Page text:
Rocket Lab of Long Beach took a major step towards its goal of reusability Thursday with the launch and first successful recovery of its Electron rocket.
The rocket launched from New Zealand, released its payload and the first stage glided under parachutes back to Earth for a splashdown into the Pacific Ocean.
The company’s rockets are called Electron, designed to launch groups of small satellites into orbit. On Thursday’s mission, the company’s 16th, Rocket Lab launched 30 satellites into space from its Mahia, New Zealand, complex. The company also launches out of Wallops Island Flight Facility in Virginia.
Included in the mission payload is a 25-kg satellite, which splits into two and demonstrates its space debris roundup capabilities. Called Terminator Tape, the technology solves the low-Earth orbit debris challenge and was developed by Tethers Unlimited Inc., with Millennium Space Systems of El Segundo and TriSept Corp.
Another notable traveler on board Electron was a 3D-printed statue of the garden gnome called “Gnome Chompski,” from the “Half-Life” video games. The statue’s presence was intended to simulate mass.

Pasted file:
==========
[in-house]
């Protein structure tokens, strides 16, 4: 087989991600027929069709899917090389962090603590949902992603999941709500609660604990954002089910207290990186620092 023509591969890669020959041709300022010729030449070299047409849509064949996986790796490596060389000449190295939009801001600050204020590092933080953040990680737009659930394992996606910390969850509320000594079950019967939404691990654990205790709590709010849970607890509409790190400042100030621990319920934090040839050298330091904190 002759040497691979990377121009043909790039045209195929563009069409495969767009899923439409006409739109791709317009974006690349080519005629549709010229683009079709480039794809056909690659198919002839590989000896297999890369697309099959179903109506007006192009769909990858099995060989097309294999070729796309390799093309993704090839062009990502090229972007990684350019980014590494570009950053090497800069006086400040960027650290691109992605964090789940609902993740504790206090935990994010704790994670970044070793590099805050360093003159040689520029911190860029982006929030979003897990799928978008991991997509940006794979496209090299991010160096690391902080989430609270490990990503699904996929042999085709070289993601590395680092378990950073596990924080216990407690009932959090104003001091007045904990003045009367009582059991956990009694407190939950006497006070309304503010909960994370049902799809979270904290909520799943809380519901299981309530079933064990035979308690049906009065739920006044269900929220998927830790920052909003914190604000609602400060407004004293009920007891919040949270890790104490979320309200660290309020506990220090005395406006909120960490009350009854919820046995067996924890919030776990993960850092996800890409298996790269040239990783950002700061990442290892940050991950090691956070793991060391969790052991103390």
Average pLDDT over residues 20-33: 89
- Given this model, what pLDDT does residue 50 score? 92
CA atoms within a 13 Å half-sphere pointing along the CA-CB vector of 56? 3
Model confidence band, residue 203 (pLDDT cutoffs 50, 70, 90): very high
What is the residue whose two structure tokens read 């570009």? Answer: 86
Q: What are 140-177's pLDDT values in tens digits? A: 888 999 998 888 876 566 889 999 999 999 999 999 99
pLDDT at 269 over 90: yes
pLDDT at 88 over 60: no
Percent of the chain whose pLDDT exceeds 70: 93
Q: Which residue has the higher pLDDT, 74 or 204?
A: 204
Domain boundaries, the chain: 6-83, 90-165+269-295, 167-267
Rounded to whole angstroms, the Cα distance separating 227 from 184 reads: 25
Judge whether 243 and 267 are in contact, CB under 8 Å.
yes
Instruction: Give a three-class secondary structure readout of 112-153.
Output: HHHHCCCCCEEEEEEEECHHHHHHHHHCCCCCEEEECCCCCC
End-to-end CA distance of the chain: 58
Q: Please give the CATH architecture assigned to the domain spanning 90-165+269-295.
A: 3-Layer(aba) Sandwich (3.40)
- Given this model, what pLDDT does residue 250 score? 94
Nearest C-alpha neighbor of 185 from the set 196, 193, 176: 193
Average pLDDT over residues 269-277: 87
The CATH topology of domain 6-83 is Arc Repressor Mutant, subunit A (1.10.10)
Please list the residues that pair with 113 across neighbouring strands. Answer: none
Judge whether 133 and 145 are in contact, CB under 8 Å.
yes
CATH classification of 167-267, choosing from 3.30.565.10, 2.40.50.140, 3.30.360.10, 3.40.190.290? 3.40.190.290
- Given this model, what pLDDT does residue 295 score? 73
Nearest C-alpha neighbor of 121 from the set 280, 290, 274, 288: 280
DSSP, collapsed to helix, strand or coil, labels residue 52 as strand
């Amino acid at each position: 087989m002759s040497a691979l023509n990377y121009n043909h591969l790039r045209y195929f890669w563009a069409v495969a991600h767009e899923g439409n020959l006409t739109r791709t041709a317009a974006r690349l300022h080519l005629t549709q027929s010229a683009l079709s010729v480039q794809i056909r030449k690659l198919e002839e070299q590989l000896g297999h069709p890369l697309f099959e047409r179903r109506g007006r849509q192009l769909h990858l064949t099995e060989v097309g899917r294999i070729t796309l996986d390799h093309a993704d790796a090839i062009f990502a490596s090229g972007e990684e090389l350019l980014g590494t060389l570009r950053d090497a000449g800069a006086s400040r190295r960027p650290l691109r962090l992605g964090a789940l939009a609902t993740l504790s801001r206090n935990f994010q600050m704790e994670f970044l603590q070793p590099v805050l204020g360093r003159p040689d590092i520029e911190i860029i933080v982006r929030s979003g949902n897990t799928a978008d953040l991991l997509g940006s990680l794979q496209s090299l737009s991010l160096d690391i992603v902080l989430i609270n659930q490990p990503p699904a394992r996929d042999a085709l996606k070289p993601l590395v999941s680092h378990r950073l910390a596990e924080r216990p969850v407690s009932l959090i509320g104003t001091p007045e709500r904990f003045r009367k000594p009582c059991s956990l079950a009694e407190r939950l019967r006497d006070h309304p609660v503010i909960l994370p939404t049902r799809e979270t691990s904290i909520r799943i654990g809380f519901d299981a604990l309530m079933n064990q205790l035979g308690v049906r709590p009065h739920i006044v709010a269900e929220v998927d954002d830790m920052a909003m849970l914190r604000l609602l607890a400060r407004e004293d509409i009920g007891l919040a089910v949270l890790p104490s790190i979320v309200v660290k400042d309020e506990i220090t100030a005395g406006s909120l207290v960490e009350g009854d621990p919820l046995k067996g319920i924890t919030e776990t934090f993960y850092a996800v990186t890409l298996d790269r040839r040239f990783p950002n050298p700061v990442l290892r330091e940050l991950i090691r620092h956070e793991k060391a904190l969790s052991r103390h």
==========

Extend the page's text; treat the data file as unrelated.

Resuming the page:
Reusability — which involved fishing the intake booster out of the ocean for this mission — has been the goal of the company since its inception and in 2019, founder Peter Beck announced that intent.
“There’s nothing like having a flight article that’s returned to understand the margin here and the margin there and which bits worked well and which bits roasted up completely,” said Rocket Lab Founder Beck. “If we get the stage back we’ll know how much work we have ahead of us. Recovery for our customers is really about making sure there are more launch opportunities available.”
Beck said recovery of the vehicles ultimately lowers customer cost and makes launch “more prolific.” A series of Electrons are in production.
In 2019, the company announced plans to save most of the Electron rocket, eventually with a helicopter catching the booster by the parachutes.
Watch the Rocket Lab launch replay here: